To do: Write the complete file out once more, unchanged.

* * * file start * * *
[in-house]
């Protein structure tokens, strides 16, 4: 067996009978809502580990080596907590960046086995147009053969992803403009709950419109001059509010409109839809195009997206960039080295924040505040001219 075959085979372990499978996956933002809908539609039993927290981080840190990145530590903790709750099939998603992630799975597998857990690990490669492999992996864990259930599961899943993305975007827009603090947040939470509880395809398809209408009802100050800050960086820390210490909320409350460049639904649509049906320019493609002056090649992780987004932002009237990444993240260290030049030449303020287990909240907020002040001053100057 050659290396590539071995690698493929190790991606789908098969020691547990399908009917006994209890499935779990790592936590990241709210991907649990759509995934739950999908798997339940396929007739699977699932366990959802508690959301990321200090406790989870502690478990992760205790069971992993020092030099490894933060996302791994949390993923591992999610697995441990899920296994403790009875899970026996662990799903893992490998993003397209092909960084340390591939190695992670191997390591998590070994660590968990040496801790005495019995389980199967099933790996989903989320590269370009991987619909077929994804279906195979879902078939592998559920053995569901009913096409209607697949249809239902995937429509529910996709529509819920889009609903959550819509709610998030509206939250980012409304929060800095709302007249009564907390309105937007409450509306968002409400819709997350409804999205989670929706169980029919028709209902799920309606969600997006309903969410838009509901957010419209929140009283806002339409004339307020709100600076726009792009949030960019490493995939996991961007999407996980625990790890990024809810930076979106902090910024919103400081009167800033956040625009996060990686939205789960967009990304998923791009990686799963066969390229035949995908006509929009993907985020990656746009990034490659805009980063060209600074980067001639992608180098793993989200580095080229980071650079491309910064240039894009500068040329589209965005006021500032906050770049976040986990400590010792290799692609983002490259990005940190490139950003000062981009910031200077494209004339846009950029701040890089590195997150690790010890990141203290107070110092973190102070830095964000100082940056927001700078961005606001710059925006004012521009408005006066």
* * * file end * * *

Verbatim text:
[in-house]
């Protein structure tokens, strides 16, 4: 067996009978809502580990080596907590960046086995147009053969992803403009709950419109001059509010409109839809195009997206960039080295924040505040001219 075959085979372990499978996956933002809908539609039993927290981080840190990145530590903790709750099939998603992630799975597998857990690990490669492999992996864990259930599961899943993305975007827009603090947040939470509880395809398809209408009802100050800050960086820390210490909320409350460049639904649509049906320019493609002056090649992780987004932002009237990444993240260290030049030449303020287990909240907020002040001053100057 050659290396590539071995690698493929190790991606789908098969020691547990399908009917006994209890499935779990790592936590990241709210991907649990759509995934739950999908798997339940396929007739699977699932366990959802508690959301990321200090406790989870502690478990992760205790069971992993020092030099490894933060996302791994949390993923591992999610697995441990899920296994403790009875899970026996662990799903893992490998993003397209092909960084340390591939190695992670191997390591998590070994660590968990040496801790005495019995389980199967099933790996989903989320590269370009991987619909077929994804279906195979879902078939592998559920053995569901009913096409209607697949249809239902995937429509529910996709529509819920889009609903959550819509709610998030509206939250980012409304929060800095709302007249009564907390309105937007409450509306968002409400819709997350409804999205989670929706169980029919028709209902799920309606969600997006309903969410838009509901957010419209929140009283806002339409004339307020709100600076726009792009949030960019490493995939996991961007999407996980625990790890990024809810930076979106902090910024919103400081009167800033956040625009996060990686939205789960967009990304998923791009990686799963066969390229035949995908006509929009993907985020990656746009990034490659805009980063060209600074980067001639992608180098793993989200580095080229980071650079491309910064240039894009500068040329589209965005006021500032906050770049976040986990400590010792290799692609983002490259990005940190490139950003000062981009910031200077494209004339846009950029701040890089590195997150690790010890990141203290107070110092973190102070830095964000100082940056927001700078961005606001710059925006004012521009408005006066």